I usually get to work at 7:30: I greet my colleagues, check my email and do my last minute preparations for the day. The kids start filtering it at 8:20. It's a good way to ease into what is always an incredibly busy day of "school stuff."
Last year, I instituted "office hours" from 8:00 to 8:20 where students are welcome to pop in and ask me about anything they're baffled, befuddled or downright confused about. Alternately, they can chat with me about anything that is on their minds.
While I spend many of my mornings with me, myself and my coffee, a few times a week a student will pop in for a one-on-one session.
I'm all about "personal responsibility" so I never say anyone has to come and see me about academic concerns. Obviously, I use best practices as best as I can on a daily basis and try to meet students' individual needs, but I don't profess to be a mind reader nor to know every little issue that a student is struggling with. As teachers, we get the big picture, but it's sometimes hard to put one's finger on that one thing that could make all the difference between perceived failure and success for a student.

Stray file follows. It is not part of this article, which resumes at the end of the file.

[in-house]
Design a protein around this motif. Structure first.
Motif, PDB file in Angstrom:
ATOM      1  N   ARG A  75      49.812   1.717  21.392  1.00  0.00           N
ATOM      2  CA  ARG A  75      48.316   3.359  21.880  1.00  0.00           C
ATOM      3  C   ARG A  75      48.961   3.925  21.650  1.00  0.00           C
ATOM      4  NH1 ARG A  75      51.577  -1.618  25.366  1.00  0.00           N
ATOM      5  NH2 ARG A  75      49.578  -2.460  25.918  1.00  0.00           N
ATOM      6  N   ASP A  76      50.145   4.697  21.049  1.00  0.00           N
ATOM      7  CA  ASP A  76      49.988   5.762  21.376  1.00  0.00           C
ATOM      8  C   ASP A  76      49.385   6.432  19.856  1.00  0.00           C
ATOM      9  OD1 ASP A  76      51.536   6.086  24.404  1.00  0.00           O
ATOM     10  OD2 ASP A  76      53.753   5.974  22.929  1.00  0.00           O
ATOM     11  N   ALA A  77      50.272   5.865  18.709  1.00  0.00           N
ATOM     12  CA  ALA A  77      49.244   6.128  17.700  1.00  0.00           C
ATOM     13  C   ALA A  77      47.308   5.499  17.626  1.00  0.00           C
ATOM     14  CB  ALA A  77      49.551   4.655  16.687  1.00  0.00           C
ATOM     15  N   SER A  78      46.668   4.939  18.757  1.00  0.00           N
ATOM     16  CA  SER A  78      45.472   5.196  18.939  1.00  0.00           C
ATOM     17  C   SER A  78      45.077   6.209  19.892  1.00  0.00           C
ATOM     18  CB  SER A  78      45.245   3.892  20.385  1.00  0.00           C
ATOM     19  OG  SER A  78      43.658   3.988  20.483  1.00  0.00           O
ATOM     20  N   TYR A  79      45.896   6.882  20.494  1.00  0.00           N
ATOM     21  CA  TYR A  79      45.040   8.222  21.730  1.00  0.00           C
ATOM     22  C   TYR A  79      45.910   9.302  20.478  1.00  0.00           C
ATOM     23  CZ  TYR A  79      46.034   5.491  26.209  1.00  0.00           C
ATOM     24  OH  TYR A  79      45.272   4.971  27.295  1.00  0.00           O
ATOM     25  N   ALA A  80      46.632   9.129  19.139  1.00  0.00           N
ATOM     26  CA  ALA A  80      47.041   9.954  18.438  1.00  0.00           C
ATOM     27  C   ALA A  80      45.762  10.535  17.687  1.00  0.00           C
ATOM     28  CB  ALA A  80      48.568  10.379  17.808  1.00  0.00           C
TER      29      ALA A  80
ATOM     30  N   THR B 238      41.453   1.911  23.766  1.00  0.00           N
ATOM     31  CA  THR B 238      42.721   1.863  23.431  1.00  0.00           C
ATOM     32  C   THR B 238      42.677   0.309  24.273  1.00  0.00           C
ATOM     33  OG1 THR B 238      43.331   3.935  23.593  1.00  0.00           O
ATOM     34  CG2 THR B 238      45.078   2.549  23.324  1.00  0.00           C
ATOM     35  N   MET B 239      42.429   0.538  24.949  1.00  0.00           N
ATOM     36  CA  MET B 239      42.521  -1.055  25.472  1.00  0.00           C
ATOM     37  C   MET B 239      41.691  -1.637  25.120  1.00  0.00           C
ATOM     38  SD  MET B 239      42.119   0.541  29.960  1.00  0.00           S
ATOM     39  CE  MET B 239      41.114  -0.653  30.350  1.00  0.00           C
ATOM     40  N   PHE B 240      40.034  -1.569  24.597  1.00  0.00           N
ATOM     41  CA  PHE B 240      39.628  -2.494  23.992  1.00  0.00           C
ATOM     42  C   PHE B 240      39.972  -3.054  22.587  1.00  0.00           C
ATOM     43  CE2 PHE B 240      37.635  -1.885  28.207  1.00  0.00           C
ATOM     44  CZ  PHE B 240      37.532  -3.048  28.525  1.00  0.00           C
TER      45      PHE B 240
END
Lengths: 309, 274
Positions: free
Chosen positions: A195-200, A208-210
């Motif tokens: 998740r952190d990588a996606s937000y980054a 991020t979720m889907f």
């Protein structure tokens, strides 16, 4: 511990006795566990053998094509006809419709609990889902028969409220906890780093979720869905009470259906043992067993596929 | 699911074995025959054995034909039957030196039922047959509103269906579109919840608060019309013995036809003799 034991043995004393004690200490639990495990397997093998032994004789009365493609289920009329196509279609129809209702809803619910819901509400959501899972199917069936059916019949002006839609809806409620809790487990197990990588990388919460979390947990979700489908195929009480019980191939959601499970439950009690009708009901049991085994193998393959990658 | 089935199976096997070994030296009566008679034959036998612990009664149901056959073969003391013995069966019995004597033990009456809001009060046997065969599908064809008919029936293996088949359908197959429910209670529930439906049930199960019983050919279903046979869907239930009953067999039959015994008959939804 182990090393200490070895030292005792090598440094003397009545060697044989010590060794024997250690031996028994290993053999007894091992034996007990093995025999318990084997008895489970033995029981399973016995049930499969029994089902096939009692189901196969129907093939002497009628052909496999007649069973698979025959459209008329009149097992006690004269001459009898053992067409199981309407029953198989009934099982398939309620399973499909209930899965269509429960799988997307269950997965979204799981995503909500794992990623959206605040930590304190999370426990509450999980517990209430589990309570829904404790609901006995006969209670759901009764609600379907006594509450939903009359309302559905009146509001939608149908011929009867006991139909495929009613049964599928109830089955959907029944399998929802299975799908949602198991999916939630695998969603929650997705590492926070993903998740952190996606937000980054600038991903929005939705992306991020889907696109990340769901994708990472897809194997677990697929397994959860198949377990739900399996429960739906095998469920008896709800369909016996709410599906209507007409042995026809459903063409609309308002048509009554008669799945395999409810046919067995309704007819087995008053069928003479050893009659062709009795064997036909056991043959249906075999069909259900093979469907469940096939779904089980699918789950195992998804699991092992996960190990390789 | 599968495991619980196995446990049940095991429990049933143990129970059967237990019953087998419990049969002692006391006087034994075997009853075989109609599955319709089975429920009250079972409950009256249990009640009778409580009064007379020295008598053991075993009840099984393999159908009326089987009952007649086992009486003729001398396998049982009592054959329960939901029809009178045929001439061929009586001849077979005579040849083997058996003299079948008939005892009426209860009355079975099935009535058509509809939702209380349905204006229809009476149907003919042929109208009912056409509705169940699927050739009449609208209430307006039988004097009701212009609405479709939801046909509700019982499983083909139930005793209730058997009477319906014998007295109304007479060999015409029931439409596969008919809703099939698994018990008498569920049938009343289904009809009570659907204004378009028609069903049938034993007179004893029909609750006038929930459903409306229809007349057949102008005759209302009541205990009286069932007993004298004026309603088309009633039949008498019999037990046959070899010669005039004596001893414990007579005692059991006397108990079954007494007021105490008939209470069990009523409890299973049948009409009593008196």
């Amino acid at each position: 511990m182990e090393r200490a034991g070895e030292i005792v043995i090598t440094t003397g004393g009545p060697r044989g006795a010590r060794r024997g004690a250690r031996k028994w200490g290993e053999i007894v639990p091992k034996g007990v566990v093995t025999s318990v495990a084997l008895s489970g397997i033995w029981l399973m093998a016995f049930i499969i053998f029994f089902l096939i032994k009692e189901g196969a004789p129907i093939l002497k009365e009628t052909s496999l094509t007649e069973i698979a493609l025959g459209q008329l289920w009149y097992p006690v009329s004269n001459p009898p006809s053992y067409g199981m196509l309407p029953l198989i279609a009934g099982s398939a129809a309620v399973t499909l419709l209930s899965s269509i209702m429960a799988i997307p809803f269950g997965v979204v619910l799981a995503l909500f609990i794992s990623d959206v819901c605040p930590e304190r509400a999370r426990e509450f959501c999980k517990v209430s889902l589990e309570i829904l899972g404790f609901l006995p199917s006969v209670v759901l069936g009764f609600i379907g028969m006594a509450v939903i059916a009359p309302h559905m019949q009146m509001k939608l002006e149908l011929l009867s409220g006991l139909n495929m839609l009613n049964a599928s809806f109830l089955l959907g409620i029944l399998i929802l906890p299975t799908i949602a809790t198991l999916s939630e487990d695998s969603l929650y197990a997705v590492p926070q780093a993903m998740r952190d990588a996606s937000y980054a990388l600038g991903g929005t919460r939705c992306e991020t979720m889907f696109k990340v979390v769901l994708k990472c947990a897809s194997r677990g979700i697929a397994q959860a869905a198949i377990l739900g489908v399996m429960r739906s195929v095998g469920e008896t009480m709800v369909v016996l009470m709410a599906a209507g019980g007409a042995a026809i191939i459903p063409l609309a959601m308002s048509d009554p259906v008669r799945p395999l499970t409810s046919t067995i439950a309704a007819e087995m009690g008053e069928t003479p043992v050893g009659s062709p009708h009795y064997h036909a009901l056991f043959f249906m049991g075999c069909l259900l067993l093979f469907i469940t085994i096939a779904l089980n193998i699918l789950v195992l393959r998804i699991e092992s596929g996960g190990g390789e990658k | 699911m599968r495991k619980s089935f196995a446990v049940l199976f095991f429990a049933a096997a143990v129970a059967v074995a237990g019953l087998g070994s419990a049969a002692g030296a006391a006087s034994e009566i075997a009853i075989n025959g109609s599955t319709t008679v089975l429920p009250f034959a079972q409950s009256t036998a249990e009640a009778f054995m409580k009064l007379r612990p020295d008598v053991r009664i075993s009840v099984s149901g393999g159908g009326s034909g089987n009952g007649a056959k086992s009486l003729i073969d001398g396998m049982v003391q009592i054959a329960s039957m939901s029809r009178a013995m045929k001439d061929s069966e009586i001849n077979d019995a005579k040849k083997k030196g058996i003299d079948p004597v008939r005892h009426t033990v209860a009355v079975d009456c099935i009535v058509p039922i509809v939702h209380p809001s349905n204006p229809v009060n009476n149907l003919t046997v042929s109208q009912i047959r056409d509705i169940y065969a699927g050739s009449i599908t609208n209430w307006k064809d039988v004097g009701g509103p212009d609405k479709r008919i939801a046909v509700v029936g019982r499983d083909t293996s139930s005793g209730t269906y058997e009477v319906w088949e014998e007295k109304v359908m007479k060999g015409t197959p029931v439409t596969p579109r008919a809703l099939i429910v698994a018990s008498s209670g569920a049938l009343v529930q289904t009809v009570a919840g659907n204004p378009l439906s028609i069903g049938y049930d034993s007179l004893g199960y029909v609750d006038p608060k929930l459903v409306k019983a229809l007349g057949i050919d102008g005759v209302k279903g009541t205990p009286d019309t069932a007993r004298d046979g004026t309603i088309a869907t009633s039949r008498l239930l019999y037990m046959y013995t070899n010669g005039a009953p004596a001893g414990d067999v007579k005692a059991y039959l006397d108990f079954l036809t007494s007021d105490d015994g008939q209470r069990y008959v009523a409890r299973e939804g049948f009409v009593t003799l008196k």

I really believe that by P6/Grade 5, students are ready to start taking initiative for their own learning; if it means giving up 10 minutes on the soccer pitch in the morning or sacrificing some hang out time with friends in order to figure something out with a teacher, it's a small sacrifice for what can pay big dividends academically, socially or emotionally.
Last week, L. had an "aha" moment about rounding with decimals; a few days before that E. finally figured out how to move the decimal points in division. I. has grasped the complexities of the comma when list-making and M. has some idea about how to prepare for her period which she thinks is going to spring on her any day now. S now has a checklist we made together in five minutes flat that will help him be sure he takes everything home he needs for his homework each evening.
Often these little mini-lessons take less than five minutes and the students walk away feeling like they have just mastered the universe, and I continue sipping my coffee thinking, "Hey, I'm not a bad teacher after all."
It's those little moments that can make all the difference. Try to make room for them in your day. Let your students know you're willing to take the time. They may take you up on it, they may not. That part is up to them.